Both of them shook their head no.

“This is the first time either myself or my son have ever met a lawyer on a professional basis,” Joanne said.

“Okay,” I said.  “Both of you understand that the attorney-client relationship is built upon trust, right?”

Both of them shook their head yes.

“And both of you understand that what is said between the attorney and the client must be the truth—otherwise we can’t properly assess your case.”

Both of them shook their head yes.

“Well, the law understands that the truth is tough to get at, especially when two people meet for the first time, like us right now,” I said.  “That’s why Michigan has the attorney-client privilege.  Think of it like a protective box surrounding this office.  Nothing that is said within the attorney-client privilege can be discovered by the prosecutor, or anyone else for that matter.”

“What does that mean?”  Zach asked.

“It means that when you and I speak together upstairs, you can tell me everything that happened without worrying that I may repeat it to someone else, or later be required to testify about what is said in court,” I replied.

“That’s cool,” Zach said.

“I think so too,” I said.  “But the privilege has limits:  it doesn’t extend to parents and their children.”

Joanne’s eyes and voice hardened, “What does that mean?”

“It means that if you come upstairs with Zach and I, with Zach’s consent, then Zach will have waived his attorney-client privilege under the law.”  I replied.  “In short, the prosecutor could require both you and I to testify about everything Zach says.”

“But I’m his mother.”  Joanne said.  “I’m the one paying for your representation.  And you’re telling me that I can’t be a part of the interview to help and guide my son through this?”

“Well, you can participate with the interview,”  I said.  “But Zach will be waiving the attorney-client privilege.  I don’t care if he waives his privilege, but I at least want him to do so knowingly—it’s a big risk.”

Turning to Zach, I then said, “And just so we’re clear, I don’t recommend that you allow your mother to come upstairs, especially since you’ve apparently been charged with a felony.”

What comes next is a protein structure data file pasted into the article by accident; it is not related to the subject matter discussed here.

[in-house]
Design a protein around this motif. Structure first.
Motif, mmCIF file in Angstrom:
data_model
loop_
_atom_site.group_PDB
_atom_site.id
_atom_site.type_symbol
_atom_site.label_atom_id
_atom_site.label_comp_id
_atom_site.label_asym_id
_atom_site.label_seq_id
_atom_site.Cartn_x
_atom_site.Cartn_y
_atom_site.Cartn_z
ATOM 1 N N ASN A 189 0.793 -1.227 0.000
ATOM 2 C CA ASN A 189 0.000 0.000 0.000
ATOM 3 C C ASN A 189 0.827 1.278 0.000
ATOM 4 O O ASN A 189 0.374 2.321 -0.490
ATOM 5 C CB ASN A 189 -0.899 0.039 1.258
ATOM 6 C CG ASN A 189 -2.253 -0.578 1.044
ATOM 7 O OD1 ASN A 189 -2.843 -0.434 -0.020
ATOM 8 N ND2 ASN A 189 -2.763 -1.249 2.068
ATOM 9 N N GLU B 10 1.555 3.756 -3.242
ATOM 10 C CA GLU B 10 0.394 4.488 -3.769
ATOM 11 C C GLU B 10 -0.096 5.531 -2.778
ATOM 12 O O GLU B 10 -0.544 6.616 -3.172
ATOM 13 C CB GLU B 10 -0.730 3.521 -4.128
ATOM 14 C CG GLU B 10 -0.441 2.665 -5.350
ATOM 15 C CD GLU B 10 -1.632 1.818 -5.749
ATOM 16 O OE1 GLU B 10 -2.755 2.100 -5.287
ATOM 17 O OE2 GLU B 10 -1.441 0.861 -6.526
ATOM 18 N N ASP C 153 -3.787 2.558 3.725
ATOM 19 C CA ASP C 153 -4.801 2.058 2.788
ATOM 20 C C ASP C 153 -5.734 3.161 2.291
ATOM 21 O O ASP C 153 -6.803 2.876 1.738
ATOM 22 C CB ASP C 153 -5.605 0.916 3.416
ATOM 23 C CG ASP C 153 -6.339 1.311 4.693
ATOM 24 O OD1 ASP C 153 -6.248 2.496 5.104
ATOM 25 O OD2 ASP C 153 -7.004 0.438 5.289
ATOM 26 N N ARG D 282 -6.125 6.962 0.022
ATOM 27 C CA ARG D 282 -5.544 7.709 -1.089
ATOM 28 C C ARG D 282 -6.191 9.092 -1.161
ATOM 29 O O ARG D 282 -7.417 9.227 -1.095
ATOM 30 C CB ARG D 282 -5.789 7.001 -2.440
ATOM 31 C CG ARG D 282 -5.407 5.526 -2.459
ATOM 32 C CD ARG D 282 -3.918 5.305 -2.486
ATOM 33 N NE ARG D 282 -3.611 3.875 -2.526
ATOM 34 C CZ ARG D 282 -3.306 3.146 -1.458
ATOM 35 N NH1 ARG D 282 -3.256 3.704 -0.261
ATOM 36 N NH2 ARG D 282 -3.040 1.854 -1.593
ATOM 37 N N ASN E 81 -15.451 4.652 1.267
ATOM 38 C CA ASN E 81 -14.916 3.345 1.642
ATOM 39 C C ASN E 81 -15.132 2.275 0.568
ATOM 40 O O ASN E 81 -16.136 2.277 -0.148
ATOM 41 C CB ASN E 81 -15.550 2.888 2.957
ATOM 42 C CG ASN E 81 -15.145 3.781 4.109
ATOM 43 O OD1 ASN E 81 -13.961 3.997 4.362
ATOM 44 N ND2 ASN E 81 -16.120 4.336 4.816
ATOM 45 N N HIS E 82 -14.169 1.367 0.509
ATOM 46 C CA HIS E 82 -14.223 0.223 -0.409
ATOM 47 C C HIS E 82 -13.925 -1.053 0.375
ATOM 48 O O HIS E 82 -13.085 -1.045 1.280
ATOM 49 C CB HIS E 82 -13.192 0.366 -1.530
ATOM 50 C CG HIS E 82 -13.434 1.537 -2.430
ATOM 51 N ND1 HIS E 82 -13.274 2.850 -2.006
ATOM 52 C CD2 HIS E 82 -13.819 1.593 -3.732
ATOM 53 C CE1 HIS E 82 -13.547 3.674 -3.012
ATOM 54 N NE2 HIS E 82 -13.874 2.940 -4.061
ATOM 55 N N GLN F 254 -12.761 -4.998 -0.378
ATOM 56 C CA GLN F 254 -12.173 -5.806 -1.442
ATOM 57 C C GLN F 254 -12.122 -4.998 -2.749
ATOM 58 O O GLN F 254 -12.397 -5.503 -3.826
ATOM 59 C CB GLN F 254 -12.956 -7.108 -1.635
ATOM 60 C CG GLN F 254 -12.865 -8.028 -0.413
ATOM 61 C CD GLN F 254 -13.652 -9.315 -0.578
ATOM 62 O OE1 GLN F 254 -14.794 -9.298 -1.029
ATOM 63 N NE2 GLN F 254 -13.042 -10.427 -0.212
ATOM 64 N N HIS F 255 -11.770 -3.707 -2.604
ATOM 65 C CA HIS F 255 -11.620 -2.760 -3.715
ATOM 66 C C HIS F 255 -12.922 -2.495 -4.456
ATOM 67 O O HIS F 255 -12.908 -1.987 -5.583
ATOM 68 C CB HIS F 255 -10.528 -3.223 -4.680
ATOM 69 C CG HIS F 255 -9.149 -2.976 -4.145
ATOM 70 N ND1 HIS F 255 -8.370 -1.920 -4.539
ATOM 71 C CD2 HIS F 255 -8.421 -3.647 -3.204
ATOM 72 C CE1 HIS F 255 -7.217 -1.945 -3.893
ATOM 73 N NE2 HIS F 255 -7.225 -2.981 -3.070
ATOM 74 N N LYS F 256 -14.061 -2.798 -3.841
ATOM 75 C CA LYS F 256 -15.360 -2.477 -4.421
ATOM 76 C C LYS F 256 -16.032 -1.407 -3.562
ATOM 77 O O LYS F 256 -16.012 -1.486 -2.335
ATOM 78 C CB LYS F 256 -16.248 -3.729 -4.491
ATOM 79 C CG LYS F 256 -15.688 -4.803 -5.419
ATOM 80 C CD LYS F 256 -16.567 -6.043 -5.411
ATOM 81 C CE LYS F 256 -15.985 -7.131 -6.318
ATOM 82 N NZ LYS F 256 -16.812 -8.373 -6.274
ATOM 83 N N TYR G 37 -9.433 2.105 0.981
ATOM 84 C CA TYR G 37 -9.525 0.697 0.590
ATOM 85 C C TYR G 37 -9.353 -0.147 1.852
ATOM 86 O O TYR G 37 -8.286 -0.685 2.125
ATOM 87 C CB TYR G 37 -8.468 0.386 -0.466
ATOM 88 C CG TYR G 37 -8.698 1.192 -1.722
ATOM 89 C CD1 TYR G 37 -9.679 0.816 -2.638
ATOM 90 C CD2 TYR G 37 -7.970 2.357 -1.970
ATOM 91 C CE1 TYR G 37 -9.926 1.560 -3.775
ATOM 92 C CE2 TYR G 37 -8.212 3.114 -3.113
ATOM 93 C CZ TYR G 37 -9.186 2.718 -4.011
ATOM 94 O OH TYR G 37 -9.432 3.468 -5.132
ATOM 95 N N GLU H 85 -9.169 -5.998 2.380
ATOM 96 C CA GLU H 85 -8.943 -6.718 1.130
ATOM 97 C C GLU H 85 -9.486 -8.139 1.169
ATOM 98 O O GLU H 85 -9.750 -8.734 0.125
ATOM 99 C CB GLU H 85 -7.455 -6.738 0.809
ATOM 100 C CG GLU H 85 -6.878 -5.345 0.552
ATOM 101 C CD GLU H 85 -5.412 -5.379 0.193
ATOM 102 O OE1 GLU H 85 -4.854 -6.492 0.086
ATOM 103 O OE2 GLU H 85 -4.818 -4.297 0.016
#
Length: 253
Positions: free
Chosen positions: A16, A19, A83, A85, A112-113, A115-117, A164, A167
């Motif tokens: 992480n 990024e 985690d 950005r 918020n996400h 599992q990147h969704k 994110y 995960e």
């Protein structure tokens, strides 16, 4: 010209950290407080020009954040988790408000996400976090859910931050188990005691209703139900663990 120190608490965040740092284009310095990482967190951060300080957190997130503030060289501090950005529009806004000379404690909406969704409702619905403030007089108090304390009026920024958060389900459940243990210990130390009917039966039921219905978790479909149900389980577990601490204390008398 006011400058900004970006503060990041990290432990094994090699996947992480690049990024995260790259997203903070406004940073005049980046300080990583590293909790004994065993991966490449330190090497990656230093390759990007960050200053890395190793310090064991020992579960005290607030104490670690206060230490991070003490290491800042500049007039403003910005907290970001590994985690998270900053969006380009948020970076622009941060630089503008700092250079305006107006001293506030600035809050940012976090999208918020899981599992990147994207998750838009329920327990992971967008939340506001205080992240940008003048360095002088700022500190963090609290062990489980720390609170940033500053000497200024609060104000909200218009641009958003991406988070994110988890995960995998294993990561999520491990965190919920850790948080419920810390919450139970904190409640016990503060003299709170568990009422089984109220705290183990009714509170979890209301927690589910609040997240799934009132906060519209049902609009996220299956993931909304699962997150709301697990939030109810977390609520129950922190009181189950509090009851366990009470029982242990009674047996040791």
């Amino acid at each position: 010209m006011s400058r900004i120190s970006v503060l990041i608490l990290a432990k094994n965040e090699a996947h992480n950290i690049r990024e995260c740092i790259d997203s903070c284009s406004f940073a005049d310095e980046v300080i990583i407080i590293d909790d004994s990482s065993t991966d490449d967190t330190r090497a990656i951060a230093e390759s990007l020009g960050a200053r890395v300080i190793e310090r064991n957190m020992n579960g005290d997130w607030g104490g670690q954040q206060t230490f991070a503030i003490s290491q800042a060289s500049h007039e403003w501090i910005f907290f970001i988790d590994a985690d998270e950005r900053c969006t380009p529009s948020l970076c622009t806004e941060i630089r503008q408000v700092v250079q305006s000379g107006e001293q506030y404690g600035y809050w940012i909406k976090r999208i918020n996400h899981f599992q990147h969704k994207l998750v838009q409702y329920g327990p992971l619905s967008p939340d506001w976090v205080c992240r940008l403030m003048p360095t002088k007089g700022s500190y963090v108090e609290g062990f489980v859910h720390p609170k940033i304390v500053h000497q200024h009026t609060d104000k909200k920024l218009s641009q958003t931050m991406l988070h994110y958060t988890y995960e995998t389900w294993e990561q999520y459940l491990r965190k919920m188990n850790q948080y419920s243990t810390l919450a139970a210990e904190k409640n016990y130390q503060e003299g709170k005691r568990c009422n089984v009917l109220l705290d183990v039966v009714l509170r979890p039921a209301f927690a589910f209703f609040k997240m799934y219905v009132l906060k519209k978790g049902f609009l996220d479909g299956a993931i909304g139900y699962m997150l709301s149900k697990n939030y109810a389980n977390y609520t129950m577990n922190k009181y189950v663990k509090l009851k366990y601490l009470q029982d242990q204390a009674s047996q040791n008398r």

Joanne then looked at Zach and asked, “What do you want me to do sweetie?”

“I think you should wait down here, Mom.”

Joanne turned to me, “Do I have a say on the decisions that are made during the course of the case?”

“No.  The rules of professional conduct for attorneys restrict the decisions to your son, who will be my client.  That’s true even though you are paying his legal fees.”

“I understand,” Joanne said.  “And thank you for explaining all this to us.”

“No problem.”

Then I stood up, looked down at Zach, and said, “Let’s get to work.”

“Know What You Sign”

0516-lawyers

Over twenty-five years ago I wrote a weekly column entitled “LaBre On Law”. I had been practicing law long enough by then to know that most people did not understand much about the law, and got into trouble due to that ignorance.

Since that time the law has changed. People who read my columns then have grown older. My son, Robert, who then had just started preschool, became a Recon Marine, graduated from college with honors, has published in the Michigan Bar Journal, and is now a lawyer working with me at the LaBre Law Office. Between us, we have decided to resume this weekly column in the hope that all who read it will gain in knowledge and be helped in navigating the rules which govern our society.

– – – – – – –

“Mr. LaBre”, he said, “look at this letter from that lawyer! It says that I owe $50,000.  It says that I have to keep paying on that time share condo, even though I don’t go there anymore. It even says that, if I don’t pay, there’s interest, late charges, assessments and attorney fees. That lawyer wants me to pay $5,000 right now, or he’ll sue me for the whole $50,000, and ask for attorney fees on top of it.

“All I wanted was a vacation spot for my family. I thought, when I signed it, that if I didn’t want to use the time share any more, then I could just quit paying. I didn’t know about all of that other stuff; no one explained it to me. Do I have to pay?”

“Let me see the papers”, I said. “Unless I read the documents, I don’t know what you signed.”

I read through the papers; sure enough, everything that he said was in the documents.

“Well”, I said, “that Lawyer is right. Michigan has a law, called the “Condominium Act”. That law authorizes everything that is in the papers you showed me.”

“But no one explained this to me when I signed. That’s not fair! They should have explained all of this to me.”

“This is one of the ways in which the law has changed”, I replied. “Now, the law says that, unless you’re incompetent, if you sign it, and it’s legal, you’re bound to it.”

“But doesn’t the salesman have to tell me what I’m signing?”

“No, he doesn’t. The salesman can’t lie to you about what’s in the document. But the salesman doesn’t have to explain what’s in it. You have to read what you sign, and, if you don’t understand it, take the document to your lawyer. If you don’t take it to your lawyer, and you sign it anyway, Oh Well. You’re bound to what you sign.”

“Is there anything I can do?”

“Let’s talk about it. First, tell me all about the condo” I said